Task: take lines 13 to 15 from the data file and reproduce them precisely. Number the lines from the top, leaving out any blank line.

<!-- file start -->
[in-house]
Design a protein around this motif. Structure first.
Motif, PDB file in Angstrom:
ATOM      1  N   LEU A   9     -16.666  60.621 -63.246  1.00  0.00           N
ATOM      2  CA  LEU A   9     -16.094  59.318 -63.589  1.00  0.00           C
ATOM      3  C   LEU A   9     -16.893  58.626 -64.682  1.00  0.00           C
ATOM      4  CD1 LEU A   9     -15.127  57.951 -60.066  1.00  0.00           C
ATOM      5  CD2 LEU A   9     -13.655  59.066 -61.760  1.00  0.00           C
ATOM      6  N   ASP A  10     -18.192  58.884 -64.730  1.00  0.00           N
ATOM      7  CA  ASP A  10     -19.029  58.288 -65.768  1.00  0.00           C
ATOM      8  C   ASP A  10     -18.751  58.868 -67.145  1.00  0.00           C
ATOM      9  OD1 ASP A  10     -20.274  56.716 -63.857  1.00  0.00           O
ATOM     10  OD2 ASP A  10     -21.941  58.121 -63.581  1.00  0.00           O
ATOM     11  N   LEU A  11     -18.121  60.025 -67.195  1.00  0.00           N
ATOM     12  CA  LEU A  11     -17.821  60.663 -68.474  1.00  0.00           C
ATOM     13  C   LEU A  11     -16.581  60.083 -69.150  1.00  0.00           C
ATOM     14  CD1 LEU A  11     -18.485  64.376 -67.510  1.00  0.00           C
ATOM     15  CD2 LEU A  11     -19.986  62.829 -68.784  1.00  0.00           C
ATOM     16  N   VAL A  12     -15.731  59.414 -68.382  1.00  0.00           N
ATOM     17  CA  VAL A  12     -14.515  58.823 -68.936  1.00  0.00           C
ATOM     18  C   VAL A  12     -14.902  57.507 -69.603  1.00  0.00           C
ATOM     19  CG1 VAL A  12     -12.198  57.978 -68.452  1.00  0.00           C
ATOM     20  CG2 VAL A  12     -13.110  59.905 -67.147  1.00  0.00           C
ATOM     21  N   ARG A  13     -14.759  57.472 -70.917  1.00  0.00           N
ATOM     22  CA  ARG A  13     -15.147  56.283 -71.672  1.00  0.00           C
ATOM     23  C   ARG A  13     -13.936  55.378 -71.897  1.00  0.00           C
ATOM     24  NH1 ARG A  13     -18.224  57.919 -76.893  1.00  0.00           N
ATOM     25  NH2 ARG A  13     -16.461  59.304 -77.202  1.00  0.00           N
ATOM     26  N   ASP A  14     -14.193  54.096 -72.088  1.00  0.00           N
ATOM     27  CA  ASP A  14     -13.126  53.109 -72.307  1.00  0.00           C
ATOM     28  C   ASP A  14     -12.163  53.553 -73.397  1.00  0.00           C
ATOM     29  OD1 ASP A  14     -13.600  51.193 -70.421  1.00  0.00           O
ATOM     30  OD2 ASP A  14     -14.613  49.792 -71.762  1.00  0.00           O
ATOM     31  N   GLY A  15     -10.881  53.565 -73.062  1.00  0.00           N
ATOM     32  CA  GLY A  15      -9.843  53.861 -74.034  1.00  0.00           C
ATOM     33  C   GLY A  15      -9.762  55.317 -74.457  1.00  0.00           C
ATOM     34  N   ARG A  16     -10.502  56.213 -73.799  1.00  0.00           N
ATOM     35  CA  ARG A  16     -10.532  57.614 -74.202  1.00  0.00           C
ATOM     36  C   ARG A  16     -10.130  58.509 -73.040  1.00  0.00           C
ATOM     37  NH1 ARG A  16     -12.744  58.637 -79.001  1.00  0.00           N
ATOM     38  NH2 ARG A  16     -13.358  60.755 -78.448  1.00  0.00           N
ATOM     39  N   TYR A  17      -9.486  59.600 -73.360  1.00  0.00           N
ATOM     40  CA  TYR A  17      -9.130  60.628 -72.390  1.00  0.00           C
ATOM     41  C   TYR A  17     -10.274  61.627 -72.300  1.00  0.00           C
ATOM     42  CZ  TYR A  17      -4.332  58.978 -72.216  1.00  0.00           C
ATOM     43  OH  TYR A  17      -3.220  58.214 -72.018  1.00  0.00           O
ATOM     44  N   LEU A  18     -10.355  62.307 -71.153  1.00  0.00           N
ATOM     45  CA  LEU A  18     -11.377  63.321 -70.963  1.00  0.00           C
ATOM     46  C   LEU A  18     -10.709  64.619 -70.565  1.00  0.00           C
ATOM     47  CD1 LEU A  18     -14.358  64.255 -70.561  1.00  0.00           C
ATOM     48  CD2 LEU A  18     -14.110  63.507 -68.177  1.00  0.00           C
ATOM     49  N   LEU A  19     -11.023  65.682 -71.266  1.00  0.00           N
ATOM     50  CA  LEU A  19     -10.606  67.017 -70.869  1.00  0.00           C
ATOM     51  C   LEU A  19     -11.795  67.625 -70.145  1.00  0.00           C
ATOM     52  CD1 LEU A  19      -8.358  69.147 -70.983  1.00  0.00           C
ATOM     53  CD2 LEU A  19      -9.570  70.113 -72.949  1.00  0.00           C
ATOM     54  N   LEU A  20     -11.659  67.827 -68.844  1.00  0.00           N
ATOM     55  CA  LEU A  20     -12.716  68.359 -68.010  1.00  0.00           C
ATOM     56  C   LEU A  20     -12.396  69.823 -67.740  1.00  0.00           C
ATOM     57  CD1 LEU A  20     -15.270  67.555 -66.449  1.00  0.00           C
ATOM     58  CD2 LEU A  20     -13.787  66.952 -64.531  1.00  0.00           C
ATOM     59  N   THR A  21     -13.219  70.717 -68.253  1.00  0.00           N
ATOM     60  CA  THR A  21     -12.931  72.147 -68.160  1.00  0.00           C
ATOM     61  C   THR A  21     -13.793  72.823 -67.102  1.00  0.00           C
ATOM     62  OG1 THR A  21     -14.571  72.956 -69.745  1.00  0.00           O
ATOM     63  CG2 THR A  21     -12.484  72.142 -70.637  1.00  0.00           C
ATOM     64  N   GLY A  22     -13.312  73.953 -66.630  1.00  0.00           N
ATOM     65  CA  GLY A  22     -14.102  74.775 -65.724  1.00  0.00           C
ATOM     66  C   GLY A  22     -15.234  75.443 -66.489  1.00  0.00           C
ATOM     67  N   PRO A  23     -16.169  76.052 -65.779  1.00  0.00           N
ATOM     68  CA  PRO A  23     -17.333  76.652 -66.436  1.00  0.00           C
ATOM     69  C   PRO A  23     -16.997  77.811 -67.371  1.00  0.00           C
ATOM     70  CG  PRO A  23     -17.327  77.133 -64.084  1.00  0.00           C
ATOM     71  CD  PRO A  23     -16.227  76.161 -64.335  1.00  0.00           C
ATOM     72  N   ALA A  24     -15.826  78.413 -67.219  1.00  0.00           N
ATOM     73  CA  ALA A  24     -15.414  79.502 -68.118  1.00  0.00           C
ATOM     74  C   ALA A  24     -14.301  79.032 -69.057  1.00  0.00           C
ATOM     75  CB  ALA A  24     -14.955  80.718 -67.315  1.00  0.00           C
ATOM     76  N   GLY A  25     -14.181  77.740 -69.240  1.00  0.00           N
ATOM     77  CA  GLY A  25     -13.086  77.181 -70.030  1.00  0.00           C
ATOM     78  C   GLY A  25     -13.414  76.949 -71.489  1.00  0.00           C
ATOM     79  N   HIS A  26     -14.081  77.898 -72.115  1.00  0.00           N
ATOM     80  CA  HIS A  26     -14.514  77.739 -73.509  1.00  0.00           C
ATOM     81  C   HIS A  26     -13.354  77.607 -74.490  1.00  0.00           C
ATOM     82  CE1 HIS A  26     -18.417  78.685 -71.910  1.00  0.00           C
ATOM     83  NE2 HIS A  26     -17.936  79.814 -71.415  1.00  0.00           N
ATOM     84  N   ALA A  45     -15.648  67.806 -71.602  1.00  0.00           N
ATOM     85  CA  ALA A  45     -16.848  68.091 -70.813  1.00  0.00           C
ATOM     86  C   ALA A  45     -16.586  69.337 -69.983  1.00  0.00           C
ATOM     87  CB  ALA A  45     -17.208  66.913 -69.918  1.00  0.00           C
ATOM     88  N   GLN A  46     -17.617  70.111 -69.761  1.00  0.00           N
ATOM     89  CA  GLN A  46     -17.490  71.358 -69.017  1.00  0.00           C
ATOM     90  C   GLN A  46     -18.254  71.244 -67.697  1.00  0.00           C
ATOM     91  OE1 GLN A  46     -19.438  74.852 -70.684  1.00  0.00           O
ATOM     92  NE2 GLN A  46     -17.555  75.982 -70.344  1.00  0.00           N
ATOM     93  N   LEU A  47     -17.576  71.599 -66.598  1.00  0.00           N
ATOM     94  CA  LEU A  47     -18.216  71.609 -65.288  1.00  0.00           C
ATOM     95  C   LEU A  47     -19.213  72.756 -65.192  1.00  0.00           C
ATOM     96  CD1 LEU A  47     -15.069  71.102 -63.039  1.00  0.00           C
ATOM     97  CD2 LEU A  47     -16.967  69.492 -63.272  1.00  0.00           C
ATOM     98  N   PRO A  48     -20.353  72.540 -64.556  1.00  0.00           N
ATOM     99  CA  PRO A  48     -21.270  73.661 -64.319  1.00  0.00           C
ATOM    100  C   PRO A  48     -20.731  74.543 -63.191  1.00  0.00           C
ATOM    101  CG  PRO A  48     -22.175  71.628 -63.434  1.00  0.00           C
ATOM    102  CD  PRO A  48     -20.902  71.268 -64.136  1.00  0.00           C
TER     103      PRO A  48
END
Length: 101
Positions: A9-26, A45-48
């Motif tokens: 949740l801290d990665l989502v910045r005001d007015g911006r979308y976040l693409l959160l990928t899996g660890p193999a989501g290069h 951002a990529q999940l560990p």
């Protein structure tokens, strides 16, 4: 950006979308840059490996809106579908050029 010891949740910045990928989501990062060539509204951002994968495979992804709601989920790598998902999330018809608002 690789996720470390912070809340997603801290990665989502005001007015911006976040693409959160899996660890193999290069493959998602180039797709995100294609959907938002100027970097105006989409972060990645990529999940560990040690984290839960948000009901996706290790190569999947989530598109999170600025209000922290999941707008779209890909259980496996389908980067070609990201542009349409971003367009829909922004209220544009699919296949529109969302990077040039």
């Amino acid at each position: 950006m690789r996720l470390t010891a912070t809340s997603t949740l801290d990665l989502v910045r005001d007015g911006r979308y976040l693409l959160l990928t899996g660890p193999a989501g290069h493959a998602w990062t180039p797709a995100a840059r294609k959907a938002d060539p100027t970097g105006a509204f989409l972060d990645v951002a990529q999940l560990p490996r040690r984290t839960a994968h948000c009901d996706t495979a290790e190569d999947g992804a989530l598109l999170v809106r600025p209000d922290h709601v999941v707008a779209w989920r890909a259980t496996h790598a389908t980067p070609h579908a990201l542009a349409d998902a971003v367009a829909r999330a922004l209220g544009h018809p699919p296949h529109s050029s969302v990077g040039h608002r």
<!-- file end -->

ATOM     10  OD2 ASP A  10     -21.941  58.121 -63.581  1.00  0.00           O
ATOM     11  N   LEU A  11     -18.121  60.025 -67.195  1.00  0.00           N
ATOM     12  CA  LEU A  11     -17.821  60.663 -68.474  1.00  0.00           C